Press release from Senator Bruce Starr
Senator Starr proposes overhaul of redistricting process
Broad support for a bi-partisan commission
Salem, OR — State Senator Bruce Starr (R-Hillsboro) has proposed a new plan to make the way Oregon draws new legislative districts bi-partisan, objective and fair. Starr will introduce the plan before the 2009 Legislative Assembly.
“This plan takes the politics out of the redistricting process so neither party can play kingmaker with Oregon’s representatives,” said Starr. “Past redistricting plans have been used by political parties to create grossly gerrymandered districts that look more like Rorschach inkblots than legislative districts. Our state has a great legacy of fairness, and our redistricting process should eliminate any possibility for partisan games so that our elective districts are drawn with the best interests of voters at heart.”
Starr’s plan calls for a commission of five to draw new district boundaries every ten years. The commission will consist of two appointees each from the minority and majority parties of the legislature. The fifth member, a non-voting chairman, will be elected by a majority vote of the commission members. No past or presently elected official will serve on the commission.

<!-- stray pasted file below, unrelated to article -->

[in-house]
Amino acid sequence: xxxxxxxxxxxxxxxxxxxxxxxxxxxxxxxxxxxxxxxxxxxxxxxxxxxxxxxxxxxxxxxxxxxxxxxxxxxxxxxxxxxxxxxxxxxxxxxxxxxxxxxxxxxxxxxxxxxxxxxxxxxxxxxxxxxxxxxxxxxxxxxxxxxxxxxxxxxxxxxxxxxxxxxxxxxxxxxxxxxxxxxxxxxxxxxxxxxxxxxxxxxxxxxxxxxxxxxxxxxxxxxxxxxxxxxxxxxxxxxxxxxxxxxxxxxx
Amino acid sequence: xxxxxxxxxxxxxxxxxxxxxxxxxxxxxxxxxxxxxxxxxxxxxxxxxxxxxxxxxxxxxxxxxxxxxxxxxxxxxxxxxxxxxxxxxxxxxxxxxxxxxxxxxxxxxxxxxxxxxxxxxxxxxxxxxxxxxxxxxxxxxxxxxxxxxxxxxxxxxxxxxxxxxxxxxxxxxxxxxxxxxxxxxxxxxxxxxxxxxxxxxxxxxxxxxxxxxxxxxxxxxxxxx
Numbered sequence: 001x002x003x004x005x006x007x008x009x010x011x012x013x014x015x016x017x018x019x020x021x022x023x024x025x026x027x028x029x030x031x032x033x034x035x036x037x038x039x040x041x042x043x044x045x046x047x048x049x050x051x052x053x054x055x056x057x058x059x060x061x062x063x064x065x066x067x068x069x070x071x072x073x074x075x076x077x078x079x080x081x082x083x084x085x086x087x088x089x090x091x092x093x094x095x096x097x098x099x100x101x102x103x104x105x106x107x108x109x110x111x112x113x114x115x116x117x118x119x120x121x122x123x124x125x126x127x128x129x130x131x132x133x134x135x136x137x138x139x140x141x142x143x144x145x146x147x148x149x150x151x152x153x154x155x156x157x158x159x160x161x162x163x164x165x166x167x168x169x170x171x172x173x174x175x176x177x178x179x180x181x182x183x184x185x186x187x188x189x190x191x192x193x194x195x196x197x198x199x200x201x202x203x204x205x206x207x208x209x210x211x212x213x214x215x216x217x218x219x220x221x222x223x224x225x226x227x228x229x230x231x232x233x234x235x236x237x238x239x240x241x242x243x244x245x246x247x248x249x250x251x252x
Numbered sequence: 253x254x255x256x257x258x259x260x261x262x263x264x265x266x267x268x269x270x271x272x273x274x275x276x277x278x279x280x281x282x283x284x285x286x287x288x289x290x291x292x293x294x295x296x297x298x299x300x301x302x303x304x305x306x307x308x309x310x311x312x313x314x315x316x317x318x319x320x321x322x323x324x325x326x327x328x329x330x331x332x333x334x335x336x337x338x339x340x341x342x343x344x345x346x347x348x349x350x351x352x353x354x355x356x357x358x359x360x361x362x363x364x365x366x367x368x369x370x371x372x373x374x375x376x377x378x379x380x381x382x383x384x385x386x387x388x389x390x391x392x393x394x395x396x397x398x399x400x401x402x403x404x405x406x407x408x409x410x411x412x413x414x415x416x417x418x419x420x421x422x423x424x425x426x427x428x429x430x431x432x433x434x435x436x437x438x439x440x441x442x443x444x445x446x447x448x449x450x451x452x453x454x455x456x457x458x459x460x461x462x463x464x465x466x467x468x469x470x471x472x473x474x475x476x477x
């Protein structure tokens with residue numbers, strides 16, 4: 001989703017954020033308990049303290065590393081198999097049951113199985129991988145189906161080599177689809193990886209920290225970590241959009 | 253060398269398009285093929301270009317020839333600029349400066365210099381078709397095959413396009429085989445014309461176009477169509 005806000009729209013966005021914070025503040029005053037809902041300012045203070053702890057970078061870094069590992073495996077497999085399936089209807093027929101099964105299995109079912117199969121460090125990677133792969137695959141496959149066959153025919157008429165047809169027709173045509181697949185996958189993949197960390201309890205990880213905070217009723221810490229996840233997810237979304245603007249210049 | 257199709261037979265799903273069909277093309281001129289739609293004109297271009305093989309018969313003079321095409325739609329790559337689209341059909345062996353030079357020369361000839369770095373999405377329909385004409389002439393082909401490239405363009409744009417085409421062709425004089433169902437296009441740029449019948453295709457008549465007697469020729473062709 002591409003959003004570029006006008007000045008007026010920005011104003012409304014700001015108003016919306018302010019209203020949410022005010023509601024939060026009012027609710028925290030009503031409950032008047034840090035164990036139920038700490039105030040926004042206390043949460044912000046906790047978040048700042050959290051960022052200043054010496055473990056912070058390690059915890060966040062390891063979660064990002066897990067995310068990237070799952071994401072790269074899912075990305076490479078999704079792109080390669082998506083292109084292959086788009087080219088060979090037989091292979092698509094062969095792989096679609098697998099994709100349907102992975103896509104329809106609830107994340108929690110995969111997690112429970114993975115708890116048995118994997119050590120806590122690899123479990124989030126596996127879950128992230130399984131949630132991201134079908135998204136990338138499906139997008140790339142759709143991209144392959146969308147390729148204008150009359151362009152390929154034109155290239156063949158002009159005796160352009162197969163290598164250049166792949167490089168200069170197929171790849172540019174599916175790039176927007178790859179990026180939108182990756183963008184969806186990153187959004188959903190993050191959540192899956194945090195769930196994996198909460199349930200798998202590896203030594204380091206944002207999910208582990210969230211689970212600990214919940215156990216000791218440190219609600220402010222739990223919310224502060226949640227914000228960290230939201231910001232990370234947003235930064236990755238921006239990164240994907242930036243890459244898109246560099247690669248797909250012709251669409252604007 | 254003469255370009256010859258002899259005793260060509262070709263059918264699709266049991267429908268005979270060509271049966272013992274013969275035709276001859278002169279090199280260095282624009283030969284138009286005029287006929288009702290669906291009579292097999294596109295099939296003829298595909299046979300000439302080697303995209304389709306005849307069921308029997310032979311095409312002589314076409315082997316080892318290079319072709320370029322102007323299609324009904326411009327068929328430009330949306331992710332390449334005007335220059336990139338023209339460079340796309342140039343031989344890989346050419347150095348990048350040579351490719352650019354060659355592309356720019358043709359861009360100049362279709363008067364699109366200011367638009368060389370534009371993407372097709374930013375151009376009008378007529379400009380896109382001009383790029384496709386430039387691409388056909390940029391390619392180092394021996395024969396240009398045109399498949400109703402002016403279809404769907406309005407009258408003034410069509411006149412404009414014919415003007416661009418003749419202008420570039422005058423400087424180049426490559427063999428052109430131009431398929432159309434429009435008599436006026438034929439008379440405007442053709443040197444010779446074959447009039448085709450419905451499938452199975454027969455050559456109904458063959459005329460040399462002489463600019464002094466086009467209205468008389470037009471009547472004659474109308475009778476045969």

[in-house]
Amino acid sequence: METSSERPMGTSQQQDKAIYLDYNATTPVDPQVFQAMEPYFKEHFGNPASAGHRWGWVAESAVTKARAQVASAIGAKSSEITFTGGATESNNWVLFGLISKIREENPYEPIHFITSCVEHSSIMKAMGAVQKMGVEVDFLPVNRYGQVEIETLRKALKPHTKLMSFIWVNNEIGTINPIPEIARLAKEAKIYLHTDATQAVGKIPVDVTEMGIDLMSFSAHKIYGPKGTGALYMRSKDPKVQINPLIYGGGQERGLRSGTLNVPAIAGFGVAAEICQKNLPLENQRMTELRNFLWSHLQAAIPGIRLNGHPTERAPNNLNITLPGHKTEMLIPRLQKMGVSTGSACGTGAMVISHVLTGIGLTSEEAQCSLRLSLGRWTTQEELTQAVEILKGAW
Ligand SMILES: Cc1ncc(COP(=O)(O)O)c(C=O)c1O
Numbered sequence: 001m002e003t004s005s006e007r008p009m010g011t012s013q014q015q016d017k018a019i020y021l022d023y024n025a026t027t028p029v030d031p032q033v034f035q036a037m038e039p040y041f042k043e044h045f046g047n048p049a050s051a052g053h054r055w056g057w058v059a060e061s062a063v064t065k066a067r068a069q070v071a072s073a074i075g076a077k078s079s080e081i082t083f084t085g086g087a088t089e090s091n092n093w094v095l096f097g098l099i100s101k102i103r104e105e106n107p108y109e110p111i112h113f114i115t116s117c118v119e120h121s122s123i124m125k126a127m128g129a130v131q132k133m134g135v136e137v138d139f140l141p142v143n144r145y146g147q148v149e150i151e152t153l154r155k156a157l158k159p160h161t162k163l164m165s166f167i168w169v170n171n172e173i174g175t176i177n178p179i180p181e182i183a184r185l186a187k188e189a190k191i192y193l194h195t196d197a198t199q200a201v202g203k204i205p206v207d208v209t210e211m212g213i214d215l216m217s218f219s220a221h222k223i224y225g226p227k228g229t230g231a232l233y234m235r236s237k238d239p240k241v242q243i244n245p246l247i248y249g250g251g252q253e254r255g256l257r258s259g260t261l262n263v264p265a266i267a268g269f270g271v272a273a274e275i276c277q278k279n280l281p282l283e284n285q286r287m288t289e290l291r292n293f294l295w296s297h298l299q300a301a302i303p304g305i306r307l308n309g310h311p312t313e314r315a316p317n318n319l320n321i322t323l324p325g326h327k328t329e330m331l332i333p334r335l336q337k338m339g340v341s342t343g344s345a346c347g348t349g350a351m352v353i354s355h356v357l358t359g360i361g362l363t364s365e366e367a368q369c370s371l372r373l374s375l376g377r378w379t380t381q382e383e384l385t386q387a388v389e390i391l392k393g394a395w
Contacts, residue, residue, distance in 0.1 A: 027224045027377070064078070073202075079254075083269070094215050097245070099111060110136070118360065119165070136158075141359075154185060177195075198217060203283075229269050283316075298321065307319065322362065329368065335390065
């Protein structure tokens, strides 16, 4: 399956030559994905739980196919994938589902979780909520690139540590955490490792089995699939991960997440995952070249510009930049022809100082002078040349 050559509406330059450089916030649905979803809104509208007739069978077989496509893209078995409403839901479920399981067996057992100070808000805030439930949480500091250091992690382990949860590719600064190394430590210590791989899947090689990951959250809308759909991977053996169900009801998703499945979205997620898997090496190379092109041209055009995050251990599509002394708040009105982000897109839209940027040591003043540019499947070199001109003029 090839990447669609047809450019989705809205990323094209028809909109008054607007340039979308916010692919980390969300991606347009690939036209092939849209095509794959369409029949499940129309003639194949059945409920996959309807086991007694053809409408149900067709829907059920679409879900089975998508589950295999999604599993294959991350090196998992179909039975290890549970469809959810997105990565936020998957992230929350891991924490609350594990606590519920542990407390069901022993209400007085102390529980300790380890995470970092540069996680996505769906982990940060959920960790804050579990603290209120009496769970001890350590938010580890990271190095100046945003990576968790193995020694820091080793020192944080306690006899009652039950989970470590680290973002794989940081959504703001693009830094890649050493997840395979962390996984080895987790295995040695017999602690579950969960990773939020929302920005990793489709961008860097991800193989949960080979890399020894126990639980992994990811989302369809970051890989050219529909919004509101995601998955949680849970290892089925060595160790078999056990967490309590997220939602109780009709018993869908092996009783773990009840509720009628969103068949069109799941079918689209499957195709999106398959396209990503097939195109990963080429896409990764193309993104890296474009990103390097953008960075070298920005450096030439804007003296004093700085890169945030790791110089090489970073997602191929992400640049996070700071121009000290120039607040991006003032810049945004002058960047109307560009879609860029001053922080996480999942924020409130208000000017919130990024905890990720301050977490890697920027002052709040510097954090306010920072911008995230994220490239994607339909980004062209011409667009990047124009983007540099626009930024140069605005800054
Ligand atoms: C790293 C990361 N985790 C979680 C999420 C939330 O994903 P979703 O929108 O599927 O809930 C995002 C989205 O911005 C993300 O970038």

The plan also stipulates fair and object criteria for drawing the new districts. Each district will be nearly equal in population, compact, and separated from other districts by logical boundaries such as geographical features, artificial barriers or existing political lines. The map will be drawn so as not to favor or discriminate against any political party or group.
The legislature is given power to amend the redistricting plan, but only with a two-thirds vote.
“This plan puts voters first and politicians second when it comes to redistricting,” said Starr. “That’s the type of politics that represents the Oregon I know.”
The Public Commission on the Oregon Legislature, a bi-partisan group tasked with making suggestions for a more effective legislature, recommended the creation of a Redistricting Commission as a fundamental change needed in Oregon government. The Commission’s Blueprint for a 21st Century Legislature recommended “a process that is staffed by skilled professionals, overseen by a stae official with no political stake in the outcome, and may result in plans that are more fair and can be prepared more efficiently.”
Starr is submitting his redistrict plan for drafting and introduction in the 2009 legislative session. Oregon is due to re-draw district lines in 2011.